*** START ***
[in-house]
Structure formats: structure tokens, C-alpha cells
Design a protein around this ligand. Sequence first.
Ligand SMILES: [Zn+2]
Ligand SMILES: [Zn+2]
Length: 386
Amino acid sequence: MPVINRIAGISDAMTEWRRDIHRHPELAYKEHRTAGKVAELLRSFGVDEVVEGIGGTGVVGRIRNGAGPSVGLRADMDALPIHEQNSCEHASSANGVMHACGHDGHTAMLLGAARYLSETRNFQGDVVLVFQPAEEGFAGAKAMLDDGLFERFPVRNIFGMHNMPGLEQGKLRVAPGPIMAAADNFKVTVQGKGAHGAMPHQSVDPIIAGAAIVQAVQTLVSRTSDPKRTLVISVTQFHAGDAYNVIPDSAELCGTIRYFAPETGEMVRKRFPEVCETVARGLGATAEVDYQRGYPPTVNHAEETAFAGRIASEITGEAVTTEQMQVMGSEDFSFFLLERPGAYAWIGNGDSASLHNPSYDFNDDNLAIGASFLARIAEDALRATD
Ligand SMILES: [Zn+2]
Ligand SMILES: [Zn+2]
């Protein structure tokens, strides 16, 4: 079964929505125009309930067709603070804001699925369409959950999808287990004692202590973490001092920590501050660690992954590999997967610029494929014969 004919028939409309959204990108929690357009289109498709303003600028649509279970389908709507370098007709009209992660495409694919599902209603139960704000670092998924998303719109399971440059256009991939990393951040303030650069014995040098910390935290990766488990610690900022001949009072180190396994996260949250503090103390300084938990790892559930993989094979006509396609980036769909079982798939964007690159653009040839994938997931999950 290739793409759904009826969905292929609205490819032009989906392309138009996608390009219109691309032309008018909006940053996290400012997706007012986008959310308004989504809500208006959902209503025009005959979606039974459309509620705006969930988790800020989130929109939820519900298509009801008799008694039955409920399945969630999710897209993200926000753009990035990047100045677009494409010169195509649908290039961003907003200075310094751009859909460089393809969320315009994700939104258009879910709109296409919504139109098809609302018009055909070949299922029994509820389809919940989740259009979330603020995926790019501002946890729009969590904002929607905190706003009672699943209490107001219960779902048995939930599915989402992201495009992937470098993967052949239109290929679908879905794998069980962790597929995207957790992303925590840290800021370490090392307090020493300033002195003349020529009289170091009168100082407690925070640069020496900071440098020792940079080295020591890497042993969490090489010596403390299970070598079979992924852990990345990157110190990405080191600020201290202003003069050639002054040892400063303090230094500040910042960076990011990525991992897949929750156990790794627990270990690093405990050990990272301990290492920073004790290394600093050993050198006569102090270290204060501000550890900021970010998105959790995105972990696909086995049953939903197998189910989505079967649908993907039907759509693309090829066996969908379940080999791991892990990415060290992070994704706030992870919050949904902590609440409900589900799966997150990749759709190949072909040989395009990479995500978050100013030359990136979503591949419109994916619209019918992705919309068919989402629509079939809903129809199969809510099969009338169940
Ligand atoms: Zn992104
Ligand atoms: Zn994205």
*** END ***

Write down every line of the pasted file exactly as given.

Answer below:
[in-house]
Structure formats: structure tokens, C-alpha cells
Design a protein around this ligand. Sequence first.
Ligand SMILES: [Zn+2]
Ligand SMILES: [Zn+2]
Length: 386
Amino acid sequence: MPVINRIAGISDAMTEWRRDIHRHPELAYKEHRTAGKVAELLRSFGVDEVVEGIGGTGVVGRIRNGAGPSVGLRADMDALPIHEQNSCEHASSANGVMHACGHDGHTAMLLGAARYLSETRNFQGDVVLVFQPAEEGFAGAKAMLDDGLFERFPVRNIFGMHNMPGLEQGKLRVAPGPIMAAADNFKVTVQGKGAHGAMPHQSVDPIIAGAAIVQAVQTLVSRTSDPKRTLVISVTQFHAGDAYNVIPDSAELCGTIRYFAPETGEMVRKRFPEVCETVARGLGATAEVDYQRGYPPTVNHAEETAFAGRIASEITGEAVTTEQMQVMGSEDFSFFLLERPGAYAWIGNGDSASLHNPSYDFNDDNLAIGASFLARIAEDALRATD
Ligand SMILES: [Zn+2]
Ligand SMILES: [Zn+2]
């Protein structure tokens, strides 16, 4: 079964929505125009309930067709603070804001699925369409959950999808287990004692202590973490001092920590501050660690992954590999997967610029494929014969 004919028939409309959204990108929690357009289109498709303003600028649509279970389908709507370098007709009209992660495409694919599902209603139960704000670092998924998303719109399971440059256009991939990393951040303030650069014995040098910390935290990766488990610690900022001949009072180190396994996260949250503090103390300084938990790892559930993989094979006509396609980036769909079982798939964007690159653009040839994938997931999950 290739793409759904009826969905292929609205490819032009989906392309138009996608390009219109691309032309008018909006940053996290400012997706007012986008959310308004989504809500208006959902209503025009005959979606039974459309509620705006969930988790800020989130929109939820519900298509009801008799008694039955409920399945969630999710897209993200926000753009990035990047100045677009494409010169195509649908290039961003907003200075310094751009859909460089393809969320315009994700939104258009879910709109296409919504139109098809609302018009055909070949299922029994509820389809919940989740259009979330603020995926790019501002946890729009969590904002929607905190706003009672699943209490107001219960779902048995939930599915989402992201495009992937470098993967052949239109290929679908879905794998069980962790597929995207957790992303925590840290800021370490090392307090020493300033002195003349020529009289170091009168100082407690925070640069020496900071440098020792940079080295020591890497042993969490090489010596403390299970070598079979992924852990990345990157110190990405080191600020201290202003003069050639002054040892400063303090230094500040910042960076990011990525991992897949929750156990790794627990270990690093405990050990990272301990290492920073004790290394600093050993050198006569102090270290204060501000550890900021970010998105959790995105972990696909086995049953939903197998189910989505079967649908993907039907759509693309090829066996969908379940080999791991892990990415060290992070994704706030992870919050949904902590609440409900589900799966997150990749759709190949072909040989395009990479995500978050100013030359990136979503591949419109994916619209019918992705919309068919989402629509079939809903129809199969809510099969009338169940
Ligand atoms: Zn992104
Ligand atoms: Zn994205």